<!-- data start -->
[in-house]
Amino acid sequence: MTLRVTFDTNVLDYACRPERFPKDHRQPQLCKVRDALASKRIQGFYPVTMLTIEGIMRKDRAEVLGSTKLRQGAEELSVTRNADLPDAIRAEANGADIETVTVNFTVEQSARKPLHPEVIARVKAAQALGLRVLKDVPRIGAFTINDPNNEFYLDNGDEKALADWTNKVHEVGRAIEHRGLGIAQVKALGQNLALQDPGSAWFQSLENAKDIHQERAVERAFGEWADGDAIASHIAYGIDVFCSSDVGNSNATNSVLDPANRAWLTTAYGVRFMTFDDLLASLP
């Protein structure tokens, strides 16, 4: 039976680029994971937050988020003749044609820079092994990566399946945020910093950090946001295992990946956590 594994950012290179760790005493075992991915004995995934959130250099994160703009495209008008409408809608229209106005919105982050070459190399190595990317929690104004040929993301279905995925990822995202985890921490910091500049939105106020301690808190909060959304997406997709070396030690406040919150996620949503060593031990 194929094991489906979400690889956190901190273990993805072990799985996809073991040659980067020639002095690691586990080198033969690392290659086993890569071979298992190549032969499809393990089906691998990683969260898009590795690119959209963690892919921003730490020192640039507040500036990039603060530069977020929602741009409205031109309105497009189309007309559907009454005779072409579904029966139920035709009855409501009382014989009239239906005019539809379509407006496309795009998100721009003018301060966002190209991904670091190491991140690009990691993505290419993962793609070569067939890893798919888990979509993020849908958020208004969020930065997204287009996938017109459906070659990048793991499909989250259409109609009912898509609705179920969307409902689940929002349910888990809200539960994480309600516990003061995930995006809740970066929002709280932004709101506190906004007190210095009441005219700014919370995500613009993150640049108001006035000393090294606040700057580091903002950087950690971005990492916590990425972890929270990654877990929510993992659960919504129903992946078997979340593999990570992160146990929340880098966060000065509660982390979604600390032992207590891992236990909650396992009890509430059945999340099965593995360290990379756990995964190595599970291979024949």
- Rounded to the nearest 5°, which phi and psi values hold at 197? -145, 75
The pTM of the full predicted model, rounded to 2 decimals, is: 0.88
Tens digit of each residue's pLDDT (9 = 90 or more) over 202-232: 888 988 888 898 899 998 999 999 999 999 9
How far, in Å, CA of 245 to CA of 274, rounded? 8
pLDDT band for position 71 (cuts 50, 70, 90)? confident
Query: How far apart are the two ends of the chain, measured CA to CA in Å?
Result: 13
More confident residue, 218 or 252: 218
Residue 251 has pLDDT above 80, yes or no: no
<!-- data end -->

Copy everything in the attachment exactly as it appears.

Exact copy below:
[in-house]
Amino acid sequence: MTLRVTFDTNVLDYACRPERFPKDHRQPQLCKVRDALASKRIQGFYPVTMLTIEGIMRKDRAEVLGSTKLRQGAEELSVTRNADLPDAIRAEANGADIETVTVNFTVEQSARKPLHPEVIARVKAAQALGLRVLKDVPRIGAFTINDPNNEFYLDNGDEKALADWTNKVHEVGRAIEHRGLGIAQVKALGQNLALQDPGSAWFQSLENAKDIHQERAVERAFGEWADGDAIASHIAYGIDVFCSSDVGNSNATNSVLDPANRAWLTTAYGVRFMTFDDLLASLP
């Protein structure tokens, strides 16, 4: 039976680029994971937050988020003749044609820079092994990566399946945020910093950090946001295992990946956590 594994950012290179760790005493075992991915004995995934959130250099994160703009495209008008409408809608229209106005919105982050070459190399190595990317929690104004040929993301279905995925990822995202985890921490910091500049939105106020301690808190909060959304997406997709070396030690406040919150996620949503060593031990 194929094991489906979400690889956190901190273990993805072990799985996809073991040659980067020639002095690691586990080198033969690392290659086993890569071979298992190549032969499809393990089906691998990683969260898009590795690119959209963690892919921003730490020192640039507040500036990039603060530069977020929602741009409205031109309105497009189309007309559907009454005779072409579904029966139920035709009855409501009382014989009239239906005019539809379509407006496309795009998100721009003018301060966002190209991904670091190491991140690009990691993505290419993962793609070569067939890893798919888990979509993020849908958020208004969020930065997204287009996938017109459906070659990048793991499909989250259409109609009912898509609705179920969307409902689940929002349910888990809200539960994480309600516990003061995930995006809740970066929002709280932004709101506190906004007190210095009441005219700014919370995500613009993150640049108001006035000393090294606040700057580091903002950087950690971005990492916590990425972890929270990654877990929510993992659960919504129903992946078997979340593999990570992160146990929340880098966060000065509660982390979604600390032992207590891992236990909650396992009890509430059945999340099965593995360290990379756990995964190595599970291979024949």
- Rounded to the nearest 5°, which phi and psi values hold at 197? -145, 75
The pTM of the full predicted model, rounded to 2 decimals, is: 0.88
Tens digit of each residue's pLDDT (9 = 90 or more) over 202-232: 888 988 888 898 899 998 999 999 999 999 9
How far, in Å, CA of 245 to CA of 274, rounded? 8
pLDDT band for position 71 (cuts 50, 70, 90)? confident
Query: How far apart are the two ends of the chain, measured CA to CA in Å?
Result: 13
More confident residue, 218 or 252: 218
Residue 251 has pLDDT above 80, yes or no: no